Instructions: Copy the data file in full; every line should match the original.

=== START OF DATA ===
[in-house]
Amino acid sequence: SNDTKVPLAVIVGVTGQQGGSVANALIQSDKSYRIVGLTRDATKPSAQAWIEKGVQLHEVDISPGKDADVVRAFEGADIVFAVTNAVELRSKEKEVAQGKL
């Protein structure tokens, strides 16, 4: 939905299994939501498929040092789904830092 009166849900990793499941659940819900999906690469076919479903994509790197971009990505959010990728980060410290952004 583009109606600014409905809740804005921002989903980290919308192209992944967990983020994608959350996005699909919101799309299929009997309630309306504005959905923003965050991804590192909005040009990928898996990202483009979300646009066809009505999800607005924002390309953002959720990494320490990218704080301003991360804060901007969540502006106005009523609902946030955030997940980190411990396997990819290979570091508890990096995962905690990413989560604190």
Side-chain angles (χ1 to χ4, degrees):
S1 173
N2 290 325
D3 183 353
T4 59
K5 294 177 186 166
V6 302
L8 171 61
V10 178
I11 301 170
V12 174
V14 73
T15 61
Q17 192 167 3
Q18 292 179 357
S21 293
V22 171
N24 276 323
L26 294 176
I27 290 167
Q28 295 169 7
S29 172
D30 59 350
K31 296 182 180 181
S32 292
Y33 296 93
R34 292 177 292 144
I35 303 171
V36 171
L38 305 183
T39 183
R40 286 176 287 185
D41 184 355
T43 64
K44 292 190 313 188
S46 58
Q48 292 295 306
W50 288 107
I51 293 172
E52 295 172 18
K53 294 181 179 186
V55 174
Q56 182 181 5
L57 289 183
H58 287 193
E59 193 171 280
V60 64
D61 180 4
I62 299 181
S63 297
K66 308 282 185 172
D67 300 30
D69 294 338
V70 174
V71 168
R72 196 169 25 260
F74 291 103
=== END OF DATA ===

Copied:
[in-house]
Amino acid sequence: SNDTKVPLAVIVGVTGQQGGSVANALIQSDKSYRIVGLTRDATKPSAQAWIEKGVQLHEVDISPGKDADVVRAFEGADIVFAVTNAVELRSKEKEVAQGKL
């Protein structure tokens, strides 16, 4: 939905299994939501498929040092789904830092 009166849900990793499941659940819900999906690469076919479903994509790197971009990505959010990728980060410290952004 583009109606600014409905809740804005921002989903980290919308192209992944967990983020994608959350996005699909919101799309299929009997309630309306504005959905923003965050991804590192909005040009990928898996990202483009979300646009066809009505999800607005924002390309953002959720990494320490990218704080301003991360804060901007969540502006106005009523609902946030955030997940980190411990396997990819290979570091508890990096995962905690990413989560604190």
Side-chain angles (χ1 to χ4, degrees):
S1 173
N2 290 325
D3 183 353
T4 59
K5 294 177 186 166
V6 302
L8 171 61
V10 178
I11 301 170
V12 174
V14 73
T15 61
Q17 192 167 3
Q18 292 179 357
S21 293
V22 171
N24 276 323
L26 294 176
I27 290 167
Q28 295 169 7
S29 172
D30 59 350
K31 296 182 180 181
S32 292
Y33 296 93
R34 292 177 292 144
I35 303 171
V36 171
L38 305 183
T39 183
R40 286 176 287 185
D41 184 355
T43 64
K44 292 190 313 188
S46 58
Q48 292 295 306
W50 288 107
I51 293 172
E52 295 172 18
K53 294 181 179 186
V55 174
Q56 182 181 5
L57 289 183
H58 287 193
E59 193 171 280
V60 64
D61 180 4
I62 299 181
S63 297
K66 308 282 185 172
D67 300 30
D69 294 338
V70 174
V71 168
R72 196 169 25 260
F74 291 103